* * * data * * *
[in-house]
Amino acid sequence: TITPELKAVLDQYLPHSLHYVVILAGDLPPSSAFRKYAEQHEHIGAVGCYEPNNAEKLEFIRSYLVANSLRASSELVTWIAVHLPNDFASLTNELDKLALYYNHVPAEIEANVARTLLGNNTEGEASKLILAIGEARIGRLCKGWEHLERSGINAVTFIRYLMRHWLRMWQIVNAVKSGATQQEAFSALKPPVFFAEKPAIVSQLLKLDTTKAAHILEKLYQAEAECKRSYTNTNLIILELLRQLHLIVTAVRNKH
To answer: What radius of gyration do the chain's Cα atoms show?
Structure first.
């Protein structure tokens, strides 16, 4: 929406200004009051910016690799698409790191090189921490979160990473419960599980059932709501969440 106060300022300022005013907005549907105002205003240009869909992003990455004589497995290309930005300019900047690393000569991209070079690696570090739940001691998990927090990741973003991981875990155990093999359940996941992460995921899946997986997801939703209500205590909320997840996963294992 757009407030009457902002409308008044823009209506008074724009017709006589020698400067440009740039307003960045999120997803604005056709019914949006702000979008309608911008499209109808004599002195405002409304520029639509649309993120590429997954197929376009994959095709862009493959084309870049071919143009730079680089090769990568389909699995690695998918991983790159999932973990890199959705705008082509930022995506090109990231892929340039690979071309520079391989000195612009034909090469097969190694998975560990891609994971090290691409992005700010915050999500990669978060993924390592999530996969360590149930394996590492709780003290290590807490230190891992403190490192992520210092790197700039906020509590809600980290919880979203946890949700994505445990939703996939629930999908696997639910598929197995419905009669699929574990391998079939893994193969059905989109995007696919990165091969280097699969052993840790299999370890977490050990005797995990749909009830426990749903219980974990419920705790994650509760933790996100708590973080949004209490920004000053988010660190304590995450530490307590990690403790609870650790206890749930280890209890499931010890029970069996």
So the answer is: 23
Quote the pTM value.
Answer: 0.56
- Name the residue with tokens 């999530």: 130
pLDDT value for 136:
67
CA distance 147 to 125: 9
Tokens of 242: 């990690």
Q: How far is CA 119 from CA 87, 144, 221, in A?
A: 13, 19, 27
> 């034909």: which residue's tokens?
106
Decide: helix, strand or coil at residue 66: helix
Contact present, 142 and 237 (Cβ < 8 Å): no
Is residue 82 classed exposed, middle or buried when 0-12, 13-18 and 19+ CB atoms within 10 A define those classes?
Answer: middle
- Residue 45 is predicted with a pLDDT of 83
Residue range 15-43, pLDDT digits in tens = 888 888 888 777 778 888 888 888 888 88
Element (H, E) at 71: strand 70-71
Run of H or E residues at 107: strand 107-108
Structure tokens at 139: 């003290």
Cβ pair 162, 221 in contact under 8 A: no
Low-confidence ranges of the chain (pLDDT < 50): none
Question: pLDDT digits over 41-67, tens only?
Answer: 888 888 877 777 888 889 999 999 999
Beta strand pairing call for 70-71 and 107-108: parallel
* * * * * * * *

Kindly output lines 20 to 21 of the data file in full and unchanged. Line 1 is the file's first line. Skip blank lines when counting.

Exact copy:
Is residue 82 classed exposed, middle or buried when 0-12, 13-18 and 19+ CB atoms within 10 A define those classes?
Answer: middle